Country Queer

Lifting up LGBTQ+ voices in country and Americana.

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Fancy Hagood Makes Southern Queerness Undeniable

By Allison Kinney, Staff Writer

Southern Curiosity is Fancy Hagood’s debut album, coming to us more than a decade into his career. Up until now he’s been bopping around the pop charts, constellating with stars like Ariana Grande and Meghan Trainor, and working in Hollywood. Now he’s back in the South, not in his home state, Arkansas, but in Nashville, Tennessee – hanging out, in his words, “somewhere between a dive bar and a five-star.”

Hagood proves that there’s nothing false about a falsetto. His range is mountainous, and he seems comfortable all the way through it, dipping deep as a cave-diver and climbing high as an alpinist. And his voice isn’t alone on the album; many of the songs feature big, echoey, multi-voice harmonies that sound like they’re reverberating in a church. This goes right along with the album’s mission of openness and queer celebration: you can’t fit a chorus in a closet. Fancy’s lyrics are straightforwardly revolutionary with their explicitly queer love stories. But his instrumentation also contributes to this album’s open queerness. There’s something delightfully campy about the bouncy piano, fairground-sounding electric-something solo, and swinging, stomping beat of “Mr. Atlanta.” And there are jokes: after Fancy sings, “He played his guitar just like he played me” a guitar obligingly gives a strum.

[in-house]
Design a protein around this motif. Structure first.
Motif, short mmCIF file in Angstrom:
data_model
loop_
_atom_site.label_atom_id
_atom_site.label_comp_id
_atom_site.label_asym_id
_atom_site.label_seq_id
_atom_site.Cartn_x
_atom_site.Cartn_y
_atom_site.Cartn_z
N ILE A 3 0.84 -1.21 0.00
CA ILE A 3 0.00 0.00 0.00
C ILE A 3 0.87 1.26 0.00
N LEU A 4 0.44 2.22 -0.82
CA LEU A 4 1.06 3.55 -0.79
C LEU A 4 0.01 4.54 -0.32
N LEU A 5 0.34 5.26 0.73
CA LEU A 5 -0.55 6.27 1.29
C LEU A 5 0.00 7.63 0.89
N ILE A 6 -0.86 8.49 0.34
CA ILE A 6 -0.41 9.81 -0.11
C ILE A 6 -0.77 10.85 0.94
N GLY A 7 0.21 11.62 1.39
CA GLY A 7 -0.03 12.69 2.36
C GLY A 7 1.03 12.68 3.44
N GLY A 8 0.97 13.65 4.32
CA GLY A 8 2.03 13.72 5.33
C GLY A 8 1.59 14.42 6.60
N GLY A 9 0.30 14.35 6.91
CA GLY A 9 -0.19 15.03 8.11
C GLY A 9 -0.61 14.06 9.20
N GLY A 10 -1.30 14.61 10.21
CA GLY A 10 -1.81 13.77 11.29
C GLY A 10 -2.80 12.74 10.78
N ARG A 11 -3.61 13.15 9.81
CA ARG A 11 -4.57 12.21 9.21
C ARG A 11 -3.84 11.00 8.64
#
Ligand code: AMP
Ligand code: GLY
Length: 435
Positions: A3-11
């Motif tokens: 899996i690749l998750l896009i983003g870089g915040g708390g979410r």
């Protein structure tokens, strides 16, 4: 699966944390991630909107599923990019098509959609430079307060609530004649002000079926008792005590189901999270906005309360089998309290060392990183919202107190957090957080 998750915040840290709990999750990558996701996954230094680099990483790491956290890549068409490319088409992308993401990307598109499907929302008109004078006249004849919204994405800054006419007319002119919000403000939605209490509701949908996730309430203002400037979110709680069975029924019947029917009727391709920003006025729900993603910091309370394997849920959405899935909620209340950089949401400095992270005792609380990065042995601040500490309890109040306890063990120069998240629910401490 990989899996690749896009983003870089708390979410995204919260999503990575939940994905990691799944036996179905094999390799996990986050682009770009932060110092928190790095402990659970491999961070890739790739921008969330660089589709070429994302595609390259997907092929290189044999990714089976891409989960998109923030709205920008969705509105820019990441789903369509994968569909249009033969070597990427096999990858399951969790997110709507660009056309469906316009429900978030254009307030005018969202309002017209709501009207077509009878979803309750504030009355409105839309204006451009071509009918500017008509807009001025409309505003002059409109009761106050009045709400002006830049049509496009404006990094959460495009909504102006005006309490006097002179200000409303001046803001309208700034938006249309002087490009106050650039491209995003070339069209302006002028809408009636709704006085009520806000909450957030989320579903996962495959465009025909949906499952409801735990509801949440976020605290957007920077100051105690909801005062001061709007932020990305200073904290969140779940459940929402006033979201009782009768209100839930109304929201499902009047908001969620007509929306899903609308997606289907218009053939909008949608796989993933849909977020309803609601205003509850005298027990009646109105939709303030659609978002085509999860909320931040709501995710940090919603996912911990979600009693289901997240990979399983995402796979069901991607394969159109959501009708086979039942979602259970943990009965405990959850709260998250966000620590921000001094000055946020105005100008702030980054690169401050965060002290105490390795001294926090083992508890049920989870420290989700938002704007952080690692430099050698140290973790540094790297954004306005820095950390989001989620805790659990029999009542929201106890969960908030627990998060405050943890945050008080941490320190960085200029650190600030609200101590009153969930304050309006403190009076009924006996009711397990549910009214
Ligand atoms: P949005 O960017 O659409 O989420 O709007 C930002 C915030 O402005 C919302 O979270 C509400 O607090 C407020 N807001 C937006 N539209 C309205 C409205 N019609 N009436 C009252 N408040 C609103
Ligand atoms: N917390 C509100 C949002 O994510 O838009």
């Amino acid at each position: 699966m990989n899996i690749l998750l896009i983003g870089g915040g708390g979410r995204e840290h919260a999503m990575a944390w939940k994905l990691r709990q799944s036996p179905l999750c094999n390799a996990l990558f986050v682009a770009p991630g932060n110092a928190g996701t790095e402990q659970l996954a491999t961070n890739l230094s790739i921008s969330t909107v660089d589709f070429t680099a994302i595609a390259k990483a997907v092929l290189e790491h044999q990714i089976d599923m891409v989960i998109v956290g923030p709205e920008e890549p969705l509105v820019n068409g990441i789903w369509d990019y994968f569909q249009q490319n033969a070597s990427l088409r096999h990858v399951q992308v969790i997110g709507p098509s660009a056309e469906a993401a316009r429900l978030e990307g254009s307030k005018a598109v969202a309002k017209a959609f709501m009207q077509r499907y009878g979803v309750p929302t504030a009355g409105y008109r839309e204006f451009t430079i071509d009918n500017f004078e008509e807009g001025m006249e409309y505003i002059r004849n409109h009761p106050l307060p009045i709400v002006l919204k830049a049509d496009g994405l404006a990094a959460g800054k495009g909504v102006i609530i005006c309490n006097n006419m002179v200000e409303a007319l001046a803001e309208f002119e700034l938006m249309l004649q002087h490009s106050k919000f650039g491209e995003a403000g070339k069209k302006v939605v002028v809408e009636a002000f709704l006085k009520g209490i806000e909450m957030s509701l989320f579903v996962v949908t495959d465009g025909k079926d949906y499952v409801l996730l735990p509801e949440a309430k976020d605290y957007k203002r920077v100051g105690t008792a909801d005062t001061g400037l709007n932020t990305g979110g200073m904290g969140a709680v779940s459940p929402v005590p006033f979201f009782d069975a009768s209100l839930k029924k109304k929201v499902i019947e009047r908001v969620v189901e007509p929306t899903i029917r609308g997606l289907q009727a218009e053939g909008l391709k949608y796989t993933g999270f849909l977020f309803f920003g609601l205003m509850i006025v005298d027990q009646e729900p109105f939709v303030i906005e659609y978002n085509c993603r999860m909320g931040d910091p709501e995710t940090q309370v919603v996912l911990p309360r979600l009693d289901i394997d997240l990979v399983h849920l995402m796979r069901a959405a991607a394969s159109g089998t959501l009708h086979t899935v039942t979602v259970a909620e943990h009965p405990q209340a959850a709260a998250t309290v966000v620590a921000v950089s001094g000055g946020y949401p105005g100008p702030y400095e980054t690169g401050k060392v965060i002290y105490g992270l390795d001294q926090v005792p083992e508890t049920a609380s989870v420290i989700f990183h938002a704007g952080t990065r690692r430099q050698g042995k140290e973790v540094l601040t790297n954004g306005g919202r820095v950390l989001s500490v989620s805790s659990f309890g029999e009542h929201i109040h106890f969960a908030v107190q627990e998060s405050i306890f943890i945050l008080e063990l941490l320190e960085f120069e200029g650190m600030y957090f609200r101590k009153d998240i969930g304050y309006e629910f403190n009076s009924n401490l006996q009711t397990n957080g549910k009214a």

Quick side-trip for literary analysis: one of the central tropes of the Southern Gothic genre is hiding unacceptable feelings (or people) away from the public gaze, only to have them return, stranger and more dangerous, as monsters. This trope lends itself well to stories of hidden or denied queerness; monsters, after all, are well-known closet-haunters. Fancy’s “Forest” flips the closet-monster trope around. Echoing Maurice Sendak’s beloved but also kind of terrifying children’s book, Where the Wild Things Are, Fancy sings, “I’ll meet you where the wild things grow” – but the wildest thing in this song is not a monster, but love, for another or for one’s self. In the wilderness, the singer and his lover are not outcasts, but “kings” – with this additional echo of Sendak, Fancy transforms the forest from an exile into a refuge. In the shadows of the backwoods – a place that could harbor danger, and to which dangerous people are sent, the singer calls on his beloved to “let the darkness of night ease your mind, free you soul.” Things often allied with danger in Southern Gothic genre – darkness, the wild, the gays – are here allied in a different way. Fancy transforms the dark woods into a sanctuary. Part of this transformation is in the lyrics, but it’s also in the music: fingerstyle guitar with its finger-squeaks, muted and steady percussion. Fancy’s voice, through strong as ever, isn’t as booming as on other tracks. This song also stands out as one of the few where Fancy’s voice is alone. It’s less of a broadcast and more of a call up to a bedroom window.

            Sometimes Hagood’s lyrics are almost too clever. On “Either,” a schoolboy describes his crush by ruling out possible explanations: “No, it wasn’t science / Couldn’t add it or divide it / Who knew then that we’d be history?” It’s a little cute, but in a good way. I imagine the kid hoping one of his classes is going to teach him what he really wants to know: what’s this feeling? But nobody’s going to tell him; in this song, nobody is willing to acknowledge the possibility of queer relationships. Fancy never breaks character to say outright what’s going on; instead, the character does verbal gymnastics, or maybe verbal interpretive dance, to avoid coming out with the truth.


A Honky-Tonk of Our Own

            This record has songs for quiet campfires, and songs to blast with the windows down driving up main street. Both modes do the excellent work of making Southern queerness loud and undeniable.

Southern Curiosity is available now on all major services.